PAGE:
Jason Erb Buck: 193-Inch Ohio Monster
December 17, 2013
Hunter: Jason Erb
State/County: Ohio/Columbiana County
Score: 193 3/8 gross
Gear: Bear Attack compound bow
With daylight quickly fading on a mid-November evening, Jason Erb closed the deal on his "buck of a lifetime." From his treestand on a friend's serene plot of land in northeast Ohio, Erb nabbed this Buckeye monster buck from 18 yards.
It was around 5:30 p.m. on a quiet evening when "not even a leaf was moving in the woods," Erb recalled.
Erb recounted the story in his own words:
A good friend of mine gave me permission to hunt his property in central Columbiana County in northeast Ohio. The property is absolutely picturesque, with rolling hills covered in a mixture of woods, crops and grassy fields. I was excited to hunt there because of the large deer population and known shooters in the area.
Prior to opening day, I looked over the property and decided to hunt a nice, hidden field not far-off the beaten path. This field was about 40 yards wide by 80 yards long with several apple trees around the perimeter. I secured a Sniper 16-foot Avenger Ladder Stand and a permanent safety strap/carabiner for my Hunter Safety System harness to a 10-inch diameter wild cherry tree in the northwest corner of this hidden field. I chose this corner because I thought the majority of the deer would be coming from the bottom of the draw in the northwest/southwest corners.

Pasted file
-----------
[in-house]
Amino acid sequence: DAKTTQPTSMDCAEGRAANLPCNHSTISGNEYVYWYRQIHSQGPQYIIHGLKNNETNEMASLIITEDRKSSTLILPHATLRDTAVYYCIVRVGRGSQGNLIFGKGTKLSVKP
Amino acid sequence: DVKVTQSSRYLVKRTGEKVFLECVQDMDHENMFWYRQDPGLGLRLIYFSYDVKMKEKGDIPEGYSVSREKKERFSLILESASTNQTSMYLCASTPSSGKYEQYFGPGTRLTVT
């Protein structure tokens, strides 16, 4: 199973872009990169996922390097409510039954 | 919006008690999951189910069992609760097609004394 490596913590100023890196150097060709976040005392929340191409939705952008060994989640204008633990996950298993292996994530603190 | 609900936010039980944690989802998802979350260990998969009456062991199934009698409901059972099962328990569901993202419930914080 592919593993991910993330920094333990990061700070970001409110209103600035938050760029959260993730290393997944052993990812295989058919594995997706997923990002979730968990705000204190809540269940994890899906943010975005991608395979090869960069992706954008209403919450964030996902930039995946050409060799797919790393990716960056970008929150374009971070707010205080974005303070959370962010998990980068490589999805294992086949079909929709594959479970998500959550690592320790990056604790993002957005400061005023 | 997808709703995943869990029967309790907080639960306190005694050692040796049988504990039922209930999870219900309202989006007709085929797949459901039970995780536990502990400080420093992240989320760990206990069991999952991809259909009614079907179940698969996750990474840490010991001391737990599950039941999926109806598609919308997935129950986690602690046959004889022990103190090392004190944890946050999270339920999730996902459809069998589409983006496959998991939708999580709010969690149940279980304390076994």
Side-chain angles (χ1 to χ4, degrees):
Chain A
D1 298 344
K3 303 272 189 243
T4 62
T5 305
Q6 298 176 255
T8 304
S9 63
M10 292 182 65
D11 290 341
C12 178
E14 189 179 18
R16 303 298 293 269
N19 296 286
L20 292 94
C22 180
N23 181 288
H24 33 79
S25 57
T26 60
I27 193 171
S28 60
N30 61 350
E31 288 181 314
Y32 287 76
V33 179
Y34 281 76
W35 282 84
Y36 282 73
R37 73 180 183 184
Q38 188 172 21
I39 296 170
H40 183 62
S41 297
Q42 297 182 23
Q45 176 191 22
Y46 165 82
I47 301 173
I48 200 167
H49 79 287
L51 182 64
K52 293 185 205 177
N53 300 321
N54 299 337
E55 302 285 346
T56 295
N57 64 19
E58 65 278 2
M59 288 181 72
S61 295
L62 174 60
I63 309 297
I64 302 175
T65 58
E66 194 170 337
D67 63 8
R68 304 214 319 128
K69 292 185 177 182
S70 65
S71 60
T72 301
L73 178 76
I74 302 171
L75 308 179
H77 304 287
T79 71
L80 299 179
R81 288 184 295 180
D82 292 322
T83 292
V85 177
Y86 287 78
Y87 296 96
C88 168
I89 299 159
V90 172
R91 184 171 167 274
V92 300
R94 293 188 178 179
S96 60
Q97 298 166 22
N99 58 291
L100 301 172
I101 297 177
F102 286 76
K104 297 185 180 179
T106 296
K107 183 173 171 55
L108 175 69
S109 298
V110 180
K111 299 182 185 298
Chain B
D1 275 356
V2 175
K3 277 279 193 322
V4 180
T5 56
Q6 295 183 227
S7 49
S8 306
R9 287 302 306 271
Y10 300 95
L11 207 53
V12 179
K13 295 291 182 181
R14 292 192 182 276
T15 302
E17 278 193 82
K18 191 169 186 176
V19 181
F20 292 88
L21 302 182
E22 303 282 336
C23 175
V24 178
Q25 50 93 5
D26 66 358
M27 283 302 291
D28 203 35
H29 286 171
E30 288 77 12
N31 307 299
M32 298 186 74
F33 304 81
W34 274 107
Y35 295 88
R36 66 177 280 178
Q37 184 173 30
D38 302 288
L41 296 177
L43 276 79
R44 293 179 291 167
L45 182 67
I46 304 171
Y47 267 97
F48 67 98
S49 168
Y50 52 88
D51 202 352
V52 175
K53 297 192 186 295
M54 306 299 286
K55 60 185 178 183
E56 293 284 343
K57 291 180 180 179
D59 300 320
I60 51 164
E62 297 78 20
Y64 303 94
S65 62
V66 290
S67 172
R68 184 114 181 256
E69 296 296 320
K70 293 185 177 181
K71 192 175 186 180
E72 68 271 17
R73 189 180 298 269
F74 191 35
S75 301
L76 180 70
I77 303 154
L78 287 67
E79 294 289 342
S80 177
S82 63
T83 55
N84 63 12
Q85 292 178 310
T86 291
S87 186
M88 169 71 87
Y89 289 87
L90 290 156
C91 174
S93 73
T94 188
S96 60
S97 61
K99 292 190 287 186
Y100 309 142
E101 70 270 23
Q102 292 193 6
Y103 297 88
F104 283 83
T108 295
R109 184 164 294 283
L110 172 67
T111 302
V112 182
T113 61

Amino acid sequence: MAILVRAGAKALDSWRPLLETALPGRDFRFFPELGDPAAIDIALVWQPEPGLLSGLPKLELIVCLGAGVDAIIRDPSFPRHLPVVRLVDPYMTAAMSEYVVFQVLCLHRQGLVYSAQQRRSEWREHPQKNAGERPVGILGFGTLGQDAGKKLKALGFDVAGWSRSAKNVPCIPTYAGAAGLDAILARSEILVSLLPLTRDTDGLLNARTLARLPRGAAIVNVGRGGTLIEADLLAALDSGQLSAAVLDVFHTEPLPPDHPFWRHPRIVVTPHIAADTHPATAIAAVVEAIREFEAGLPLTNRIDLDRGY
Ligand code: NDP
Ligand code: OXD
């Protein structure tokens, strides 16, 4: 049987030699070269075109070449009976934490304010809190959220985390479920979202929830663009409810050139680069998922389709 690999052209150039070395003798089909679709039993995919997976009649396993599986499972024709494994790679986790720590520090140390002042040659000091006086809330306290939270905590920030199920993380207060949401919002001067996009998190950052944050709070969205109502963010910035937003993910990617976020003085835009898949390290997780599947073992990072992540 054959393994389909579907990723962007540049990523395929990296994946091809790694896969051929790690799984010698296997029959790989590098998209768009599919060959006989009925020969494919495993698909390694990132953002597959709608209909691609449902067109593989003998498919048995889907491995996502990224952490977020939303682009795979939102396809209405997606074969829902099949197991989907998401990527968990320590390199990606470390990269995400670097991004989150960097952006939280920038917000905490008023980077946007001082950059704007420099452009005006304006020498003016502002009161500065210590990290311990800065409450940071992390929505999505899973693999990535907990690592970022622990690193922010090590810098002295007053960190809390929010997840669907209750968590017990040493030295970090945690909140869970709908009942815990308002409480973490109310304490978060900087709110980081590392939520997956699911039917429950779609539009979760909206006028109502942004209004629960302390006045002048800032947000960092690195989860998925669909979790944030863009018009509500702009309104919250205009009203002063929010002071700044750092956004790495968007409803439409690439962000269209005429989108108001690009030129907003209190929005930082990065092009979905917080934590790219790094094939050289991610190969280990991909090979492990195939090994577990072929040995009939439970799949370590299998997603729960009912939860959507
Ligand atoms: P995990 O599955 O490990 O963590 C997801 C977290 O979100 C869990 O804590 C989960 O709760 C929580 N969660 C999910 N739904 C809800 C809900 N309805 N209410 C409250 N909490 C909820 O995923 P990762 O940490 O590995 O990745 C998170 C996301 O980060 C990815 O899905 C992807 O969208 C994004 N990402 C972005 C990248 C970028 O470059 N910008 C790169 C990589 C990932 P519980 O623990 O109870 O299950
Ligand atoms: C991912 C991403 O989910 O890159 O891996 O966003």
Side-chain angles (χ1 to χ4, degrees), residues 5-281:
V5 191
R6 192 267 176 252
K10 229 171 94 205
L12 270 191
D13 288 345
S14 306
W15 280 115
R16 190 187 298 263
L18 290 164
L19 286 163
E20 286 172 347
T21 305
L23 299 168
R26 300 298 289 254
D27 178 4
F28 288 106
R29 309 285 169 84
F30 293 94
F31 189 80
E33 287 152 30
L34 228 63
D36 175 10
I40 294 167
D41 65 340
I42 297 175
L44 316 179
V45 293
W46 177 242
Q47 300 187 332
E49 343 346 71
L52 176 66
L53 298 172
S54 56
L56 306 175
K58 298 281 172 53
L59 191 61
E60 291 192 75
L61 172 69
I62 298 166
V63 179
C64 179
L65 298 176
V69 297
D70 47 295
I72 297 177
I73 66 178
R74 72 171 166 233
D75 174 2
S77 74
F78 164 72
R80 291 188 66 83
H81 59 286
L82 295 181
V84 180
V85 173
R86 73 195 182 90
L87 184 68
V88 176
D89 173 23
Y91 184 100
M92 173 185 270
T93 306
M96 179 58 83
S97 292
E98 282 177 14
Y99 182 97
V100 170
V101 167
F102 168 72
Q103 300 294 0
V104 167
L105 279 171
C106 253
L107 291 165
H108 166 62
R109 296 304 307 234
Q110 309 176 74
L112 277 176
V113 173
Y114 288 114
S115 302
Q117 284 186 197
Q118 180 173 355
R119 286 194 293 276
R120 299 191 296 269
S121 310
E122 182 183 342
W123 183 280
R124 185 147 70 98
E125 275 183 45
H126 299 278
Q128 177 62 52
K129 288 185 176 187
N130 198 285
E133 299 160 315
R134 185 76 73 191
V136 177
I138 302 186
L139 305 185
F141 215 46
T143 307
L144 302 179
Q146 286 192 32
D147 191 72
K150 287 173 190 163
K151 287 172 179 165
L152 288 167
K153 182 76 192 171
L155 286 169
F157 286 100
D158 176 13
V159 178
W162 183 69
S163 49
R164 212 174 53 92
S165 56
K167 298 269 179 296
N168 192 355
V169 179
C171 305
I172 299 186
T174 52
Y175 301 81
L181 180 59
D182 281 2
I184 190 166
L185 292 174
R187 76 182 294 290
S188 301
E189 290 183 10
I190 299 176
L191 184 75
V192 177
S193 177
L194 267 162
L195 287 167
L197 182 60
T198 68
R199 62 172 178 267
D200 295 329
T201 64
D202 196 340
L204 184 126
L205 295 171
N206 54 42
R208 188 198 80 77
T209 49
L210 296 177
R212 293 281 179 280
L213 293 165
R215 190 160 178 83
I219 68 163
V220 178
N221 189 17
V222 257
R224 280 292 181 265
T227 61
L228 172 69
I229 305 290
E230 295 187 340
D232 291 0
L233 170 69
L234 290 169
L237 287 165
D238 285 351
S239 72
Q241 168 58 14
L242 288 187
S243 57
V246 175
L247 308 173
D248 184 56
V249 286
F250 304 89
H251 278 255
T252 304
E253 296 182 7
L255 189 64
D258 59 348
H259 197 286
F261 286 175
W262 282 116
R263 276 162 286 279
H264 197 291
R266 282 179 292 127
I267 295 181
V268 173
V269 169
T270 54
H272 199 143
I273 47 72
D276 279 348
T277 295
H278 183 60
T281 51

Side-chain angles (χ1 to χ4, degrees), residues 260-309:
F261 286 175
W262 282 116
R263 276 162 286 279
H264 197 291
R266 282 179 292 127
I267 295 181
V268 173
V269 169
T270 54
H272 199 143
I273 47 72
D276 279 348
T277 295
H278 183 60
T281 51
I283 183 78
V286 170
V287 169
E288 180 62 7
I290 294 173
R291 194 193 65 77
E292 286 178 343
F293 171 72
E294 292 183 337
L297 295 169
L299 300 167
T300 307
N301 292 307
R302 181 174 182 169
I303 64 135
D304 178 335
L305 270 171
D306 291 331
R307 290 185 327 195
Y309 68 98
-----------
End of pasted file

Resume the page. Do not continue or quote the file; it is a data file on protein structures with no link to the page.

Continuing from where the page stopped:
Excited for the upcoming season, I got my gear ready and my wife washed all of my hunting clothes. I have tried attractant scents over the years and have not been successful. Therefore, I do not use them. I do everything I can to eliminate human odor and let nature take its course. I do use the Dead Down Wind odor eliminator, however.
I started my archery season on Sep. 29, the second day of the season. I was in my stand almost daily. Most of my relaxing evenings were filled with noisy chipmunks, squirrels, blue jays and pileated woodpeckers. I was visited almost every evening by wandering does, fawns or immature bucks looking for a girlfriend.
Sunday, Nov. 3, was my 17th day in the woods. This was the first day of the time change. Therefore, daylight was reduced by an hour and legal daylight ended at 5:47 p.m. The evening was very still and not even a leaf was moving in the woods. About 5:35 p.m., a doe with two fawns came out in the small field I was hunting. They grazed around the field awhile until the doe started to get leery. She then tucked her tail and walked away. I have been in the woods long enough to know that it means a buck is not far behind.
I always sit with my Bear Attack compound bow across my lap with my left hand in the wrist sling and my right hand on my T- handle TRU-Ball release. Within a minute I saw another deer walking toward a scrape that was about 35 yards from me. At that time I could not tell it was even a buck. The deer walked over to the scrape that was located in the corner of the field, stretched out his neck and started licking the branch.